While Viswanadhan does not see radiologists going anywhere soon, he does think it is fair to say that radiologists who don’t use AI tools will be replaced by radiologists who do. His recommendation to those in the field is not to fear AI and view it as a threat, but to see it as another supplement to their work.

“I think that radiologists, radiology trainees and medical students need to embrace this technology, and really familiarize themselves with understanding what exactly AI is, what is deep learning, how does this process work, what are neural networks — some of the basic definitions,” he said. 

By familiarizing themselves with AI, Viswanadhan said, radiologists will be better equipped to evaluate emerging technologies and feel confident about the tools they choose to use.

Integrated 3-D Imaging

Joseph Vettukattil, M.D., MBBS, spoke at the conference on integrated 3-D imaging as the future of cardiac imaging. Vettukattil is co-director of the congenital heart center and division chief of pediatric cardiology at Spectrum Health Helen DeVos Children’s Hospital in Grand Rapids, Mich., where he leads the cardiac catheterization lab and clinical research team.

As an expert in 3-D echocardiography, he spoke on the uses of advanced imaging techniques for the management of patients with complex congenital heart defects. With the advancements of 3-D printing in recent years, cardiologists and surgeons have been able to make more informed interventional plans using 3-D models. Three-dimensional modeling has the potential to improve overall surgical outcomes while increasing the efficiency of procedures and ultimately decreasing radiation exposure.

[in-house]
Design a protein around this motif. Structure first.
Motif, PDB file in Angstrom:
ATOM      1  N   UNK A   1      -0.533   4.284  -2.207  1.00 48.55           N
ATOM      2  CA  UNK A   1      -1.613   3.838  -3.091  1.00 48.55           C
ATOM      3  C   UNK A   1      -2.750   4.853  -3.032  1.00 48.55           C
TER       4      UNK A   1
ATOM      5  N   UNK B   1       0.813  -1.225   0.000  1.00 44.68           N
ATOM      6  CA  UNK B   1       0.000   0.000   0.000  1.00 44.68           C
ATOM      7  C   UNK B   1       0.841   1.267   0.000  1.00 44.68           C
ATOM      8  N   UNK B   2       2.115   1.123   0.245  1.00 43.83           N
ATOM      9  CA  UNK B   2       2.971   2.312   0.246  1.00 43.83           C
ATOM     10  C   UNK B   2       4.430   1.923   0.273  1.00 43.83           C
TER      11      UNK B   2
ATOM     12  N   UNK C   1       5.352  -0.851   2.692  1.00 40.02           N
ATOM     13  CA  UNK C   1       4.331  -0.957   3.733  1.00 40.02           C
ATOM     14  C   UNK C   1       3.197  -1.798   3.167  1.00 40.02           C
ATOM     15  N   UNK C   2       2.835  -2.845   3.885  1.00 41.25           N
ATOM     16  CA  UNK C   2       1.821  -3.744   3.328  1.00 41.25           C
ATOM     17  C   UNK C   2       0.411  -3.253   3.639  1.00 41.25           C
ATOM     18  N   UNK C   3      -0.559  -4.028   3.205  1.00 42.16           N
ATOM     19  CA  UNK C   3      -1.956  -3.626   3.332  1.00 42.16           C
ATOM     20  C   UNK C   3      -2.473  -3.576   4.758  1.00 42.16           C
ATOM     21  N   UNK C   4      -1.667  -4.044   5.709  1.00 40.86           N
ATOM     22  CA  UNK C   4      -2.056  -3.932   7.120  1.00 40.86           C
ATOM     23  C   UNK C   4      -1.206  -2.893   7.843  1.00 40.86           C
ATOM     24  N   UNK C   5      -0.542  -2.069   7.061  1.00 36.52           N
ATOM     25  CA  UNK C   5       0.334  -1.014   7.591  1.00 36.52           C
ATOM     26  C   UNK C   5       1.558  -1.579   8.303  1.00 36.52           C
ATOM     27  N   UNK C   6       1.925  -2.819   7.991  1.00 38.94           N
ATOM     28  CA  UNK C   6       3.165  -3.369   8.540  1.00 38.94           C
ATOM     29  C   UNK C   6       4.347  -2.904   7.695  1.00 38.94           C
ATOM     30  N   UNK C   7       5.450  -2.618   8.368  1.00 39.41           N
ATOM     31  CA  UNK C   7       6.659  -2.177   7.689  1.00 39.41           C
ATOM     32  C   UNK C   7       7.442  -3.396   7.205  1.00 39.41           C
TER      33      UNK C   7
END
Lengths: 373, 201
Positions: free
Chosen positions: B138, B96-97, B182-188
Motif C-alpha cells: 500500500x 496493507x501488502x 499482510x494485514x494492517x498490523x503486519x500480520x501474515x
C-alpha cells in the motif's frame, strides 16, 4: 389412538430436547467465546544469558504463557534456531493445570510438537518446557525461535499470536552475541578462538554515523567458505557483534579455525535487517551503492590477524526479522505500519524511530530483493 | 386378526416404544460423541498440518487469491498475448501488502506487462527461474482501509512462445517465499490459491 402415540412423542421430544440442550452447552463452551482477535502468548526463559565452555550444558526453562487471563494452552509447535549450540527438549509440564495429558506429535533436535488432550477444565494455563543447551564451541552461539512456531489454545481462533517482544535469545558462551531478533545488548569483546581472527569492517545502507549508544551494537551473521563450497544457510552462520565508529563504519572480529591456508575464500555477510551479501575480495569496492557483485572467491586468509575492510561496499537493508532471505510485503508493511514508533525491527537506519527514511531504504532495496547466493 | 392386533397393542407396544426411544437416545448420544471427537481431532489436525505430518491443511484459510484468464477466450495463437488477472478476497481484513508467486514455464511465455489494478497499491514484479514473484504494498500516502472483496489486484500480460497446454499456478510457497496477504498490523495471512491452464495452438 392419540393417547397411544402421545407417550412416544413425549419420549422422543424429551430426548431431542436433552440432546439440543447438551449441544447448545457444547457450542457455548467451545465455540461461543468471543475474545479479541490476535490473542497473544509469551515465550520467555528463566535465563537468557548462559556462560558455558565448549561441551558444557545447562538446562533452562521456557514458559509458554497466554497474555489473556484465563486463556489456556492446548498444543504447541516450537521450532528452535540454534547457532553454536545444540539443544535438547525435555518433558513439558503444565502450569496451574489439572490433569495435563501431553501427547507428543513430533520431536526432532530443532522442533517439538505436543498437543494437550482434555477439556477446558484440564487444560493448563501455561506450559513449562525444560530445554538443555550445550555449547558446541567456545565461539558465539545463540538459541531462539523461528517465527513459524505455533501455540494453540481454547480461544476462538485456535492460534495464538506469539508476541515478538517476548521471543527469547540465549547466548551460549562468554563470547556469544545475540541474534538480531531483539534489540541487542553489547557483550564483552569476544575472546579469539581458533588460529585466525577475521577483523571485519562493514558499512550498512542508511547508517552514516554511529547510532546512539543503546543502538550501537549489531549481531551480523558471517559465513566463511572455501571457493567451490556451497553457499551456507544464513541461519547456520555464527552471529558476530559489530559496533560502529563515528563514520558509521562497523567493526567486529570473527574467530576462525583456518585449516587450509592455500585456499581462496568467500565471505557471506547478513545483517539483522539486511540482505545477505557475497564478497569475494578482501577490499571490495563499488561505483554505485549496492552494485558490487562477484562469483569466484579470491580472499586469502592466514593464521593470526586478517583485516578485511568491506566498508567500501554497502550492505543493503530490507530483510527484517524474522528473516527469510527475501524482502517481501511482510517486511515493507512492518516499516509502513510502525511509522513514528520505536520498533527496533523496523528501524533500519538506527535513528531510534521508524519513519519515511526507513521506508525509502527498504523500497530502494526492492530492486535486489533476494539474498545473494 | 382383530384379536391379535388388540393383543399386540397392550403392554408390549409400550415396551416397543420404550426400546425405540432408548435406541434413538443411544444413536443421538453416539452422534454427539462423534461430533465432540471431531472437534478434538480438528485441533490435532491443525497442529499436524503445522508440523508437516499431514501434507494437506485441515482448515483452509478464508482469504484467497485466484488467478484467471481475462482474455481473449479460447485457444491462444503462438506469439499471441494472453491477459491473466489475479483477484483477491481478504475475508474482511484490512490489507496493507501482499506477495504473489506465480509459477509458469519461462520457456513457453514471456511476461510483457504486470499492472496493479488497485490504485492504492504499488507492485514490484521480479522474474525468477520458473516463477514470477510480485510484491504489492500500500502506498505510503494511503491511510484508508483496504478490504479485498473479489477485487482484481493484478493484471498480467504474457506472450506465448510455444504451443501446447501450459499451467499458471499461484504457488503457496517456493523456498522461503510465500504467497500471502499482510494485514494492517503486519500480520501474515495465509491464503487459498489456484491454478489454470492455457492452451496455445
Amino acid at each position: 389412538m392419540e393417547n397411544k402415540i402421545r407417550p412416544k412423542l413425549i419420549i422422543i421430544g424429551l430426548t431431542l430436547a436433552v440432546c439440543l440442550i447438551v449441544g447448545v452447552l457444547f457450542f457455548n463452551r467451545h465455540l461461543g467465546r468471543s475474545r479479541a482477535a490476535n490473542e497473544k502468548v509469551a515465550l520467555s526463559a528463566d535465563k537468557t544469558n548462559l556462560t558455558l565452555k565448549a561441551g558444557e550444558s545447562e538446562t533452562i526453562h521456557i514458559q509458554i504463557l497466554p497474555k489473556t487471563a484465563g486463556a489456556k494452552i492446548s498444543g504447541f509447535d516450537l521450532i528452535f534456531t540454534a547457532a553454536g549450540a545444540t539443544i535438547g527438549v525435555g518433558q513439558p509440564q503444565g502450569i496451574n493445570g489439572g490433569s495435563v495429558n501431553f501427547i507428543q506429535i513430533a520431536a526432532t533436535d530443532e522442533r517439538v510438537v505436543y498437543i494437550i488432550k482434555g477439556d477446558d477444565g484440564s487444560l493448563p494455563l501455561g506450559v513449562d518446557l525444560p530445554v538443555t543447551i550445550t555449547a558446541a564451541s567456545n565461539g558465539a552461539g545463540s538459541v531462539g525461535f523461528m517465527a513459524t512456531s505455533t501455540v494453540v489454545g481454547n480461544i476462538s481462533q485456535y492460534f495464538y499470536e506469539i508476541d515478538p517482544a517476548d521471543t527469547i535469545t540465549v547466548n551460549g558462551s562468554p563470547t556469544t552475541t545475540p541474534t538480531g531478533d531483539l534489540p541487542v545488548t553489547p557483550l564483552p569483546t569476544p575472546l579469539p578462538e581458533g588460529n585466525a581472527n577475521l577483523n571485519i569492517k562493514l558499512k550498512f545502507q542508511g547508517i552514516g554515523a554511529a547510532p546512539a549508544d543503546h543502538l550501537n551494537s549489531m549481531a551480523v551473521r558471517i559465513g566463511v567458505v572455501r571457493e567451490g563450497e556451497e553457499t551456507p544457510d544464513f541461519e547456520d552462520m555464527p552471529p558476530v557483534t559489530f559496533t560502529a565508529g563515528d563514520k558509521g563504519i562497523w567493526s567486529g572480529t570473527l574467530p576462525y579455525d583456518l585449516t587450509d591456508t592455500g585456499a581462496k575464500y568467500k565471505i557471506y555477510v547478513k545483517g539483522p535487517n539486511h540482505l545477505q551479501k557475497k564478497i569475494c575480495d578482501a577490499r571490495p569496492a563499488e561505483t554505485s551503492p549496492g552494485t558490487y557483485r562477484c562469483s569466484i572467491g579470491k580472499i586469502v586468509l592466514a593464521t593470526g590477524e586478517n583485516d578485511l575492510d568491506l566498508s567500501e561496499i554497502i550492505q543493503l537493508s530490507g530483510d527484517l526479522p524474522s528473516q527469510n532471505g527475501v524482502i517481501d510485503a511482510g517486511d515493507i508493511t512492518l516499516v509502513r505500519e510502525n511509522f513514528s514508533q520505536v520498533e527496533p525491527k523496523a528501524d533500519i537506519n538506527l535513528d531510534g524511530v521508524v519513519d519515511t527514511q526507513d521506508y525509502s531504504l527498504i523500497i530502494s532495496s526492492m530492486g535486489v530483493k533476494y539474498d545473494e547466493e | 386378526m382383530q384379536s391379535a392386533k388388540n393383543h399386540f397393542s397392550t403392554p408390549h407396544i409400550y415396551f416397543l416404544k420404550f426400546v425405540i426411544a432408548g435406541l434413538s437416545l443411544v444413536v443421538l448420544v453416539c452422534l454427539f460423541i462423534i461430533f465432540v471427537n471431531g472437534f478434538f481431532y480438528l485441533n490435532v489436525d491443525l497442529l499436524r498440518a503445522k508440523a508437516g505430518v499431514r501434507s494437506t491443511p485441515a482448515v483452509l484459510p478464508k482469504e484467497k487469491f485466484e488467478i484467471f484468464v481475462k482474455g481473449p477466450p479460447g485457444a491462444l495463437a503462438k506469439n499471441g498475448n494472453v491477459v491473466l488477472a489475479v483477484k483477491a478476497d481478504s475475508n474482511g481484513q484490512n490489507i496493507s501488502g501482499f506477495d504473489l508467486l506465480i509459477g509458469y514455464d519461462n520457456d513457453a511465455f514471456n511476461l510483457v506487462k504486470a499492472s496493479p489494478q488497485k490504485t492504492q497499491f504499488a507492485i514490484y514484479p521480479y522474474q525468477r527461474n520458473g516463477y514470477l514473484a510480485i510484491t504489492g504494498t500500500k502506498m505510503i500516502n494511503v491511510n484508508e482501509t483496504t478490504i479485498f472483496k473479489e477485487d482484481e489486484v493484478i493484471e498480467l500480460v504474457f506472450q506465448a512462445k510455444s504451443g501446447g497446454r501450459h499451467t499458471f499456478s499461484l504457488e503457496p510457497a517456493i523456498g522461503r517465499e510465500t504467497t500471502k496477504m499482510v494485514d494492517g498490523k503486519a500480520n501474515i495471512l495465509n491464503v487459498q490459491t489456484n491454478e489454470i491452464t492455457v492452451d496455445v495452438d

When it comes to congenital heart disease, it is especially important for clinicians to have a detailed visualization of the pathomorphology of the heart for proper diagnosis and management in both children and adults. An accurate 3-D model can become an invaluable tool.

In a 2016 article in the Journal of Digital Imaging,¹ Vettukattil and others noted that while 3-D printing has been derived from CT, MRI and 3-D echocardiography, each of these imaging modalities on their own may not offer the best 3-D visualization of complex congenital heart disease. 

Through using integrated, or hybrid 3-D imaging, Vettukattil said this can combine the strengths of multiple modalities for an enhanced 3-D model of complex congenital heart disease. 

In the 2016 article, 3-D transesophageal echocardiogram (3DTEE) combined with CT imaging of a patient with L-TGA, VSD and pulmonary atresia were shown to be of adequate quality to perform hybrid 3-D printing of the heart, demonstrating the feasibility of the technique. 

Along with helping interventional cardiologists better plan and customize surgery or device placement, hybrid 3-D printing also has the potential to help medical students and others in the field better understand complex congenital heart disease. 

Katie Caron is an editor at Scranton Gillette Communications with B2B experience across industries including medical, home furnishings, water and infrastructure. 



1. Integration of Computed Tomography and 3-D Echocardiography for Hybrid 3-D Printing in Congenital Heart Disease. J Digit Imaging. 2016 Dec; 29(6): 665–669.